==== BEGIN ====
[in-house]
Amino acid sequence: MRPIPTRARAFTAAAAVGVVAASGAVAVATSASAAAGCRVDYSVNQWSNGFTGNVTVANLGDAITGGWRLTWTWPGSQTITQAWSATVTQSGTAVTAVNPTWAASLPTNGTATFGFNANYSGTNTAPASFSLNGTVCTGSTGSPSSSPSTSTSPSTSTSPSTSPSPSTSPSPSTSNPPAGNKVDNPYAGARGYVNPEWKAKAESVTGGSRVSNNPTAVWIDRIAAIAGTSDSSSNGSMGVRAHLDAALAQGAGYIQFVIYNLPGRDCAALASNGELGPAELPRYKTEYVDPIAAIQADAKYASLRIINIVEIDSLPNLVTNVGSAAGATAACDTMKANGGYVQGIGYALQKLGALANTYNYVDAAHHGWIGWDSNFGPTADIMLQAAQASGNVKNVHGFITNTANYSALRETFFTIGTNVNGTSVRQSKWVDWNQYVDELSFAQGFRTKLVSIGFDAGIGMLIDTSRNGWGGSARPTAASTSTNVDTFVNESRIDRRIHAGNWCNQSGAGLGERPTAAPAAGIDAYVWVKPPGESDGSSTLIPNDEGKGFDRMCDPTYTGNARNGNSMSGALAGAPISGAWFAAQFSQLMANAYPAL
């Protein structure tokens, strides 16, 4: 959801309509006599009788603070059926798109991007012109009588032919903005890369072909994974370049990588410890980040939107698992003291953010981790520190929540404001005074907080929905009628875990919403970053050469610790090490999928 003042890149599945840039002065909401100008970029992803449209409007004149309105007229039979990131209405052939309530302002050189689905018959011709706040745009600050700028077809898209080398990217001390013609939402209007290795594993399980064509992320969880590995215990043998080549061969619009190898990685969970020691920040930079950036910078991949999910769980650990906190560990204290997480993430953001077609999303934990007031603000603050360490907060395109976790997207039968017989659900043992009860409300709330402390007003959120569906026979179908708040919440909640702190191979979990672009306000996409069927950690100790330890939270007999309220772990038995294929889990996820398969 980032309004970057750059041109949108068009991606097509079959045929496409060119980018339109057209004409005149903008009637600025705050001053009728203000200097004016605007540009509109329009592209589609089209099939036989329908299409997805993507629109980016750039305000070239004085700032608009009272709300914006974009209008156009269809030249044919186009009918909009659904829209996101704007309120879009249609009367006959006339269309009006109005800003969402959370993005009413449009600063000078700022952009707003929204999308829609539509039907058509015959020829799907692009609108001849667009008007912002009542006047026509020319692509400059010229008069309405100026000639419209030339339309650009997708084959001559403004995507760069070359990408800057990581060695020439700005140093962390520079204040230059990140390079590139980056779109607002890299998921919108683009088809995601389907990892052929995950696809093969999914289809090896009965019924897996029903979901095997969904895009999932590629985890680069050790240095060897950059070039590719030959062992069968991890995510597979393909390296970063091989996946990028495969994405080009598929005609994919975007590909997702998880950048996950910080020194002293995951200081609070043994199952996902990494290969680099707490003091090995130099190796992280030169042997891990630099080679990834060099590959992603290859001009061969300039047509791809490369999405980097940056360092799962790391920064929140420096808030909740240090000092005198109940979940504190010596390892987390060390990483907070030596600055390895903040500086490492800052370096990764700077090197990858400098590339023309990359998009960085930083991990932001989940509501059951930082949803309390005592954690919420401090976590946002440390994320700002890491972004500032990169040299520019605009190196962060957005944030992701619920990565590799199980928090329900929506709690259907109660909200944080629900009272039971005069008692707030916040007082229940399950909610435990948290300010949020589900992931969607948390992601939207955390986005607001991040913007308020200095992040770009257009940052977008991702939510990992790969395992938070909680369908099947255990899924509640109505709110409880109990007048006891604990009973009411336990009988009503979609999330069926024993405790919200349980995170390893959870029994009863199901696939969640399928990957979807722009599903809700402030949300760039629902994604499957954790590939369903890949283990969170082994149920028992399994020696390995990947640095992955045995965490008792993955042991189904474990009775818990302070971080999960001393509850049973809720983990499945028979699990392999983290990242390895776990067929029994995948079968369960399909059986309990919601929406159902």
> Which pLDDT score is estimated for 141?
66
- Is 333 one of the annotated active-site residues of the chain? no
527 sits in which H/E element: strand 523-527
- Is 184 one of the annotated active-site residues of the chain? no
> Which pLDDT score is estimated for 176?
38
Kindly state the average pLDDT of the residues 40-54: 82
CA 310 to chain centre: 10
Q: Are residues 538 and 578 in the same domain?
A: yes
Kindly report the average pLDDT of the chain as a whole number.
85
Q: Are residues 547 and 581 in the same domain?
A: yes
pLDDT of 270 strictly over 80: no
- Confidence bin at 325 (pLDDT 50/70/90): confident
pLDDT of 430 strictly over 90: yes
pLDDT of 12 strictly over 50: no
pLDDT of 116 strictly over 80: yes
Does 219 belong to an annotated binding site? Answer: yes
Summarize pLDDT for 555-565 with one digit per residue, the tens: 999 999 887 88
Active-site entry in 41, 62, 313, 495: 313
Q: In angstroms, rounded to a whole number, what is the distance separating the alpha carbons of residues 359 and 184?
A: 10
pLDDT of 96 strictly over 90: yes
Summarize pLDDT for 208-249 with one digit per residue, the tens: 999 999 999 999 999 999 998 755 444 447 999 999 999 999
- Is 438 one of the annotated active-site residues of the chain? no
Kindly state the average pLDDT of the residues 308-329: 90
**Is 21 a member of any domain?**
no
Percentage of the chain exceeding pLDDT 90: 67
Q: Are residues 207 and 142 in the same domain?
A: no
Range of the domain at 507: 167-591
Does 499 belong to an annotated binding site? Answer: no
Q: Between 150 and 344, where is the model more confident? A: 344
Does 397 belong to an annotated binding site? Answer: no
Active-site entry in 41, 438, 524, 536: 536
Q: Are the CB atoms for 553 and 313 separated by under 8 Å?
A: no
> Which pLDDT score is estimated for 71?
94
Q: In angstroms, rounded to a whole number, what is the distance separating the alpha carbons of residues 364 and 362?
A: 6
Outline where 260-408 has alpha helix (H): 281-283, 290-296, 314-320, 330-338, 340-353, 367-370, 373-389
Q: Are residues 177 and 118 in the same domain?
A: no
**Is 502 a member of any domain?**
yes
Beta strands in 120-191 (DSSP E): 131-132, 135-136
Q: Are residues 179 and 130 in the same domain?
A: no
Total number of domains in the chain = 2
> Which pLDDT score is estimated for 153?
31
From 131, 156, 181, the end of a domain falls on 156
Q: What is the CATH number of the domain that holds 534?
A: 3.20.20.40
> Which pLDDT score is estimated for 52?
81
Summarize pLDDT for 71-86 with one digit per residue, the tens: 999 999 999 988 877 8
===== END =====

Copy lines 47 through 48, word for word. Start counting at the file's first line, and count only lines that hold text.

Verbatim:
Q: In angstroms, rounded to a whole number, what is the distance separating the alpha carbons of residues 364 and 362?
A: 6